You are on page 1of 5

TRIPLESHOOT

The Triple Shoot Offense is divided into four basic sections: run game, play-passes, drop-back
passes & exotics. The offensive system is balance & explosive and is able to score quickly or
“milk the clock”. Below are brief descriptions of each section of the offense. Once you have an
understanding of each, click on the link to view each play.

RUN GAME: We feel it is imperative that an offense must be able to move the ball on the
ground. Our premise is to outnumber the defensive alignment and take advantage of the
weakness in the way they align their front. We are also able to exploit defenses with use of
motion to make our players faster at the point of attack. Our base plays are: Belly, Pop Out,
Option & Traps.

BELLY: This is just one play in a series that is designed to get the ball to the running back. We
start off with full speed motion of the receiver to get the defense to show their hand. Our linemen
will take advantage of our splits and create a seam for the back to run through.

Note: Brian Shay (Emporia State) was able to put together back-to-back 2000 yard+ seasons and
rush for nearly 7,000 yards in his career. The Belly was his feature play!

POP OUT: This play is designed to use full speed motion by the inside receiver and hand him the
ball so he can get around the reach block of the front side tackle.

TRAPS: These plays are designed to attack the open bubble of the defensive front. We are able to
take advantage of our QB action and deliver the ball to the back in a way that assures him a
gaping hole to run through. We have the ability to pull guards, tackles or both in this series.

OPTION: The option plays are designed to attack the outnumbered defensive alignment. We can
execute this series with or without motion. As with the rest of the offense, this series is also
utilized from a Shotgun formation.

PLAY-PASS: An explosive run game makes the defense adjust their secondary and underneath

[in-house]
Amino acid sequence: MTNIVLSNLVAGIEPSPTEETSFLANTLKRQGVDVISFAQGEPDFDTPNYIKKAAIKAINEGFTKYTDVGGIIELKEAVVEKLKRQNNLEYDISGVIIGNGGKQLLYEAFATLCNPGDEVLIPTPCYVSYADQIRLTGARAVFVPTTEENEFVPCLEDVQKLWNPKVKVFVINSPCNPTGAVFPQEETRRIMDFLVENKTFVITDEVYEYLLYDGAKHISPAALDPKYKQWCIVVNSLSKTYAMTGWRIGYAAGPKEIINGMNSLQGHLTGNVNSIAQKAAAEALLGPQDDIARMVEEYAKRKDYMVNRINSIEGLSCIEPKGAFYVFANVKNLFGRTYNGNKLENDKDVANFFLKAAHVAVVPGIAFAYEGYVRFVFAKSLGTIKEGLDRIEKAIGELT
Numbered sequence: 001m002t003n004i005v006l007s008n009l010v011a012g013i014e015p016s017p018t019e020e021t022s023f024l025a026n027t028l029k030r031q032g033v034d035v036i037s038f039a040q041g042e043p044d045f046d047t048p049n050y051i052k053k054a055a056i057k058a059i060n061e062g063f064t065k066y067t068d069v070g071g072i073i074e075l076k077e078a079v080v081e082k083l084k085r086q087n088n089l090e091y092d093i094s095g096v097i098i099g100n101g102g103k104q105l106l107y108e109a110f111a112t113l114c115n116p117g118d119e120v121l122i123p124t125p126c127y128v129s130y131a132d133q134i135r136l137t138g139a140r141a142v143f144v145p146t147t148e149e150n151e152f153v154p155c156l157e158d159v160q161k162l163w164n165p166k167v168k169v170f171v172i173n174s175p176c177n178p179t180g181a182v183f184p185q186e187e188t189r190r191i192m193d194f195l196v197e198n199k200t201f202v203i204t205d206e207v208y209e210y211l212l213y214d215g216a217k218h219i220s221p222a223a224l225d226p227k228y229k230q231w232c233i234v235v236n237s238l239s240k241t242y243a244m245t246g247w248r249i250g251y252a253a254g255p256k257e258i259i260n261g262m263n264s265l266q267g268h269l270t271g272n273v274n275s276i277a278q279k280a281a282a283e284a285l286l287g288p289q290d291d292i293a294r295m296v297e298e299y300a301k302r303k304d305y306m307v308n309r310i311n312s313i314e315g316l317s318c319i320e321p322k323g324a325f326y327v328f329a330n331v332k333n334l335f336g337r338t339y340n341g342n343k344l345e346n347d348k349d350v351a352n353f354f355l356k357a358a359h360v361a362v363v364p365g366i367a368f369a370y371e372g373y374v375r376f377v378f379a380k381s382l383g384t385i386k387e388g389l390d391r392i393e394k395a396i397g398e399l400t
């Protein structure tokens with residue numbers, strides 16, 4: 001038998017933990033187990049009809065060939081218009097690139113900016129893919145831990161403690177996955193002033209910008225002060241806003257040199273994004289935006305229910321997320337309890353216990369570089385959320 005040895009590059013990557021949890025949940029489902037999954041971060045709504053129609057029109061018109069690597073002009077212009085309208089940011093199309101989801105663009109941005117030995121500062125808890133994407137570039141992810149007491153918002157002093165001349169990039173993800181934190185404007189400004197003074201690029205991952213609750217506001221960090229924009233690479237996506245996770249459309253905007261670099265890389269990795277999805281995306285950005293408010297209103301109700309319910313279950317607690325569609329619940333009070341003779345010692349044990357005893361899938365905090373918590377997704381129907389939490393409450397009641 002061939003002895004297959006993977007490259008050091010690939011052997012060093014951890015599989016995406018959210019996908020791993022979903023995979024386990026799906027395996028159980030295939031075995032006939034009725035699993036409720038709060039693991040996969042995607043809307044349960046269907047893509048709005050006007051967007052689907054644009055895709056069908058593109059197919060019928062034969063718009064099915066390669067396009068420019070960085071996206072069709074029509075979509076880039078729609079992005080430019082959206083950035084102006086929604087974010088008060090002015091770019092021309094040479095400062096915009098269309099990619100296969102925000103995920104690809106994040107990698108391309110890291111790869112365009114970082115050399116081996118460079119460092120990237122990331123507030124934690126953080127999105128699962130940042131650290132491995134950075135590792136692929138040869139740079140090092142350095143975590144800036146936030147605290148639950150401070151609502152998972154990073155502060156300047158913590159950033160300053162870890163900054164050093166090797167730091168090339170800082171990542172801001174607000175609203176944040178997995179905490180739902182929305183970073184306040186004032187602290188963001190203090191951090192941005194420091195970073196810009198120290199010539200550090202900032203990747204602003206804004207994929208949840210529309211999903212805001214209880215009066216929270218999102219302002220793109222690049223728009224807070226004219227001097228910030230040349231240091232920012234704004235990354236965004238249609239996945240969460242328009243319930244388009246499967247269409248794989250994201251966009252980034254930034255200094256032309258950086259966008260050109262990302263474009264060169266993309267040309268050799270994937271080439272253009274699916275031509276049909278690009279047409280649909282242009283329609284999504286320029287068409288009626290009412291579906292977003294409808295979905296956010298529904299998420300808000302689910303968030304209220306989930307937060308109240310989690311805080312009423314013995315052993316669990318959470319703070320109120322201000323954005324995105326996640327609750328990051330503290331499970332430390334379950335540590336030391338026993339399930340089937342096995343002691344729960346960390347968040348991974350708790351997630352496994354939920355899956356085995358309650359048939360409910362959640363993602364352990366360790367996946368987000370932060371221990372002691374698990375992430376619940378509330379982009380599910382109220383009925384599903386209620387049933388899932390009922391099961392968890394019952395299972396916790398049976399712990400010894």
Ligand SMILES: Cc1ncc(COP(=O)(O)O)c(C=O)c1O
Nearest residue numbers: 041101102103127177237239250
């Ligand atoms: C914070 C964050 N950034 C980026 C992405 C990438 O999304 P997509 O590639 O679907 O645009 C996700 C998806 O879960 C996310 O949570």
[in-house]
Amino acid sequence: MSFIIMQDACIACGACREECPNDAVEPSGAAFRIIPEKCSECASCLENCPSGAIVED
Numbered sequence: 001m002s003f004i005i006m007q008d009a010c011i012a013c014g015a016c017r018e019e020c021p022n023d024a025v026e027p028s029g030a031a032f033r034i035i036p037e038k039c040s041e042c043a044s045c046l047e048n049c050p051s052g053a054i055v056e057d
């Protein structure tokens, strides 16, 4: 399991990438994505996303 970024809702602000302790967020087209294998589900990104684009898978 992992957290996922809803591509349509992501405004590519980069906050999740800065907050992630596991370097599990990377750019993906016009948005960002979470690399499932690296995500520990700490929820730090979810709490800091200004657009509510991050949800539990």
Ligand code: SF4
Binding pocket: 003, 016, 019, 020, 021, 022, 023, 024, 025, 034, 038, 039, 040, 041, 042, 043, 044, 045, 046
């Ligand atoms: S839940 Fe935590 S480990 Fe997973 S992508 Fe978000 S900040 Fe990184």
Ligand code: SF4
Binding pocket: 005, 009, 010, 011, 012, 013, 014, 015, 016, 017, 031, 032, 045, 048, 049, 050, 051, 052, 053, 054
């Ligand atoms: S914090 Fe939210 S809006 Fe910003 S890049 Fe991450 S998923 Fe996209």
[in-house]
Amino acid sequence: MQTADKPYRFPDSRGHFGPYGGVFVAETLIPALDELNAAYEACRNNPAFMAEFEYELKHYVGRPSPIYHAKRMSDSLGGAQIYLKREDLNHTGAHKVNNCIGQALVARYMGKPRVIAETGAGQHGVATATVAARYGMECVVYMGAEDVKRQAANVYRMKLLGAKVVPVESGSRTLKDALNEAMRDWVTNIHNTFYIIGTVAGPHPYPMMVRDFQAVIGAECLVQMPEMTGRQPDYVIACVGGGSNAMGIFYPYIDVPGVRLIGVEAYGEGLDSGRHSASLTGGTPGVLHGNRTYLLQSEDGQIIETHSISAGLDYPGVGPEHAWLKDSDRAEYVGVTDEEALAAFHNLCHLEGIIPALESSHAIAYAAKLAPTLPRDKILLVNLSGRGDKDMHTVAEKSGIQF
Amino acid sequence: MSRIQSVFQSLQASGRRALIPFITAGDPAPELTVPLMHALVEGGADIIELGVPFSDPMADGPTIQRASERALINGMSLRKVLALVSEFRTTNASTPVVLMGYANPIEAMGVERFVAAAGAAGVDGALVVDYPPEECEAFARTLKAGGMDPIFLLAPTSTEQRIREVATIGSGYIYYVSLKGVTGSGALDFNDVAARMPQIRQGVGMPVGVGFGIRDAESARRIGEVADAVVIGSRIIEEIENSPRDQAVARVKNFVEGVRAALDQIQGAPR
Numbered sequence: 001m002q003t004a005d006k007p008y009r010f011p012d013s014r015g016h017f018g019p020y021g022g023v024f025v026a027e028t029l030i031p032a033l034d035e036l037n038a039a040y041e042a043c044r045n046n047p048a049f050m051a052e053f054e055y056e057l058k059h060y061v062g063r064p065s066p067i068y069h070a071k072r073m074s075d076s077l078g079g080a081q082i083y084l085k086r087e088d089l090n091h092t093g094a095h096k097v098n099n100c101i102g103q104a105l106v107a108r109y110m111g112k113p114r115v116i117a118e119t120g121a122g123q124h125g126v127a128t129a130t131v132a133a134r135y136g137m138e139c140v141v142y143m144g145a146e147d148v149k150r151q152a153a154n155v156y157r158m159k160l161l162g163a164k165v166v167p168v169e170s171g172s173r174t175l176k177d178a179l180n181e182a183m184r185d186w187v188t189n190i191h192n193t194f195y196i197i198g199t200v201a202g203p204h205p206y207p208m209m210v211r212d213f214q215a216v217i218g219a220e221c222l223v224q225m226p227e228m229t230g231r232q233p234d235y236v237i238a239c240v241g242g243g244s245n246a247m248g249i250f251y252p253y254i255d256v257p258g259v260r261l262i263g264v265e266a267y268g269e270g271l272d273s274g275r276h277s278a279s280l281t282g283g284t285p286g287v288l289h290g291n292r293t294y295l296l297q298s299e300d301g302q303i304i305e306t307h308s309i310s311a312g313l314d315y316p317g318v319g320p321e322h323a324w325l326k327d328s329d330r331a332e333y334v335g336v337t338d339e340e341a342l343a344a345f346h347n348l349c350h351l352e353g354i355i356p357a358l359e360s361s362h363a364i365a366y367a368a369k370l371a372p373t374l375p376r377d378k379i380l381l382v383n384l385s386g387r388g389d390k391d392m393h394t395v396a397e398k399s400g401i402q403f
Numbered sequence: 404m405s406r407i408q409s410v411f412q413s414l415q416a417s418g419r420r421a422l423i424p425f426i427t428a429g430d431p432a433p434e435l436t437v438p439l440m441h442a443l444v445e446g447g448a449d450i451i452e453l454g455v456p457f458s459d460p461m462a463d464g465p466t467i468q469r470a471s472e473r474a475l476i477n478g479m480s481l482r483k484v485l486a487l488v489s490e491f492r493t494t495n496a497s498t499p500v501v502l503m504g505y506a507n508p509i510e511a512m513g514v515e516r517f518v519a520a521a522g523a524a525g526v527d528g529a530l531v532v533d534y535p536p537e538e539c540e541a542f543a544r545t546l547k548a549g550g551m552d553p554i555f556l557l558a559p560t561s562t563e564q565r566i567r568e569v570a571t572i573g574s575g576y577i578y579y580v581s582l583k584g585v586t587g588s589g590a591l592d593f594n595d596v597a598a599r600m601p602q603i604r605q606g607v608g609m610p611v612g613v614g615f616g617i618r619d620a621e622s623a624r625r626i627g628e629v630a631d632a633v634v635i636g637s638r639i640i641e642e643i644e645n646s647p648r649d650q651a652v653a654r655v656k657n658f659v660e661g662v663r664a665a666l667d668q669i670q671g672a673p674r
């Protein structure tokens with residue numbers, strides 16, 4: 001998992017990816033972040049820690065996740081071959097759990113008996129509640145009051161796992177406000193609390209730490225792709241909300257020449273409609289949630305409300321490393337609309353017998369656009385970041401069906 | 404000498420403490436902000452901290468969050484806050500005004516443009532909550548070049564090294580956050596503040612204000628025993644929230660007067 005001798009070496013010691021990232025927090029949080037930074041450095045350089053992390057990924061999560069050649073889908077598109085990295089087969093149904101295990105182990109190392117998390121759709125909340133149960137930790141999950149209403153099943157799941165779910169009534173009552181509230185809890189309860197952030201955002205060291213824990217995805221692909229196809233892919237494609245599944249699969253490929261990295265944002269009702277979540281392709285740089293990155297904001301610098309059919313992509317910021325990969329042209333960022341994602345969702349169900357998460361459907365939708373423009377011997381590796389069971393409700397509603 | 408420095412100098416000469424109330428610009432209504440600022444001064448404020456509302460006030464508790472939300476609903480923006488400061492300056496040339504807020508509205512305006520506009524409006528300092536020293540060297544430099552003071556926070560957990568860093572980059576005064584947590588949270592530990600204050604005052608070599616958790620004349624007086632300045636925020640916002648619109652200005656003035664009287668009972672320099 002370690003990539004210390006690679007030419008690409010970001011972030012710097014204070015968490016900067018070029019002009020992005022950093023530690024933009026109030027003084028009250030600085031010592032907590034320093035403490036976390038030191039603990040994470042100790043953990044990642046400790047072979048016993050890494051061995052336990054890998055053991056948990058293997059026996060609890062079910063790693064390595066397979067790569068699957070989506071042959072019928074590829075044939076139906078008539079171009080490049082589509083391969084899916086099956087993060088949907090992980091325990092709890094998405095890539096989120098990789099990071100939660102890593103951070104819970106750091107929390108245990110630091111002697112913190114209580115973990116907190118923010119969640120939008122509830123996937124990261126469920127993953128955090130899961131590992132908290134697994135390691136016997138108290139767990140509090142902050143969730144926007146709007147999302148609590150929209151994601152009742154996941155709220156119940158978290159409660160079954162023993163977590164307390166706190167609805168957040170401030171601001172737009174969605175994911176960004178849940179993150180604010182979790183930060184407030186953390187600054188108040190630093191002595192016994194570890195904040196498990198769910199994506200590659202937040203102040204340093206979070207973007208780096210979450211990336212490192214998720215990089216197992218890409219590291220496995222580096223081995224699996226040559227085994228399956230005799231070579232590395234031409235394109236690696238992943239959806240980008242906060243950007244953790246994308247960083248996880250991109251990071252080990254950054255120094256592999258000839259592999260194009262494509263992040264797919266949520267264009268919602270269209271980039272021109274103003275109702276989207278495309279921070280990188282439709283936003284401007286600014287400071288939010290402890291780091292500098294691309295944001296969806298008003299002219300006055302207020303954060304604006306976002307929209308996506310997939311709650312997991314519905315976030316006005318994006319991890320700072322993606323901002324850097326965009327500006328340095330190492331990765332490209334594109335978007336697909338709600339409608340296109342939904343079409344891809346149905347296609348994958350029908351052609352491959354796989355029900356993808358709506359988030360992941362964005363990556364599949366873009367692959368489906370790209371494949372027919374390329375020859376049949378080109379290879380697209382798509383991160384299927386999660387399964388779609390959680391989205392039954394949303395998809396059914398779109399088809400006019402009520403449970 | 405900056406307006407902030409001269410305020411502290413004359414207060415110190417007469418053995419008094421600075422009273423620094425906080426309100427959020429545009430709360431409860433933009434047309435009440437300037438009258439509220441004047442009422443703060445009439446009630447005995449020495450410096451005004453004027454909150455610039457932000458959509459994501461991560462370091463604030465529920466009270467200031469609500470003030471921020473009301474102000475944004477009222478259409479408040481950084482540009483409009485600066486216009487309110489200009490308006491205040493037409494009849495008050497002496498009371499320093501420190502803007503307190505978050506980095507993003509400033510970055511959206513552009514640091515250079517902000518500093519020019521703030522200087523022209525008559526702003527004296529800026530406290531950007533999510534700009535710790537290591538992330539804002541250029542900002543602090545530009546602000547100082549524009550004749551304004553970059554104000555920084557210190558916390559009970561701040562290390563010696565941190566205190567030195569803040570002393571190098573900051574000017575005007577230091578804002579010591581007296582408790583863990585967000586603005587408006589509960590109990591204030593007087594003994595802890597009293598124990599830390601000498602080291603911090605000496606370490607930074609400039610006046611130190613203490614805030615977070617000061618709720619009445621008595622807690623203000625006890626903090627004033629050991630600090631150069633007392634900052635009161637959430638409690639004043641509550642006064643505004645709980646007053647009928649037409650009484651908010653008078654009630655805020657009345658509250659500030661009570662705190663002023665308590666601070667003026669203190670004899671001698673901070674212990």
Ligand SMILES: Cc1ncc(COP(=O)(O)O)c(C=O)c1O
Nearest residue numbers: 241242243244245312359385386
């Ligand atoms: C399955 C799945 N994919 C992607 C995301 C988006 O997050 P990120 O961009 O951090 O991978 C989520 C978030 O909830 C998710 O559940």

coverage to adjust to the offensive attack. In this case, we are able to take advantage of any way
that the defense adjusts and go for the “home run”. Our base play-passes are: Switch & Wheel.
SWITCH: We start off with full speed motion of the receiver to get the secondary to roll and take
the free safety out of the center of the field. When this happens, out backside receiver will adjust
his route according to his rules and catch the ball for a game breaker of a play.

WHEEL: This play is designed to use full speed motion by the inside receiver and create a
problem for the frontside of the secondary. After faking the Belly , the QB will read the frontside
and deliver a blow to the defense.

DROP-BACK PASSES: Our protection is simple, yet effective and this enables us to maximize
our ability to exploit secondaries. Each of our pass schemes will enable your quarterback to
easily “pick apart” any look he encounters and each scheme will automatically adjust to any
coverage. Our base passes are: Choice, Scat & Hook.

SLIDE: This basic pass scheme will adjust too all defensive looks. Once the ball is snapped the
receivers attack the frontside of the secondary and adjust their routes simply to take advantage of
the seams in the secondary.

CHOICE: This play is designed to utilize the roll of the QB towards the frontside receiver. We
are then able to isolate the receiver on the frontside while also leaking the back & spreading the
field with our three back side receivers. (Adjustable to all coverages).

SCAT: This scheme really puts the frontside of the secondary in a bind. We have the ability to
threaten deep with the two frontside receivers, while also holding down the underneath coverage
by our #3 receiver. (Adjustable to all coverages).

HOOK: Let’s put the frontside corner in a bind. In hook, we are able to get a hi-lo read on the
frontside corner, as this is a great way to move the chains. (Adjustable to all coverages).

EXOTICS: In order to maximize the effectiveness of our balanced offense we put ourselves in a
good position to get the ball underneath to our backs and receivers via exotics. Our base exotics
are: Running Back Screens and Receiver Convoys.

SUPER SCREEN: This play is designed to use the flow of our drop-back passing game to set up
the release of three offensive linemen downfield while we release the back into a screen position.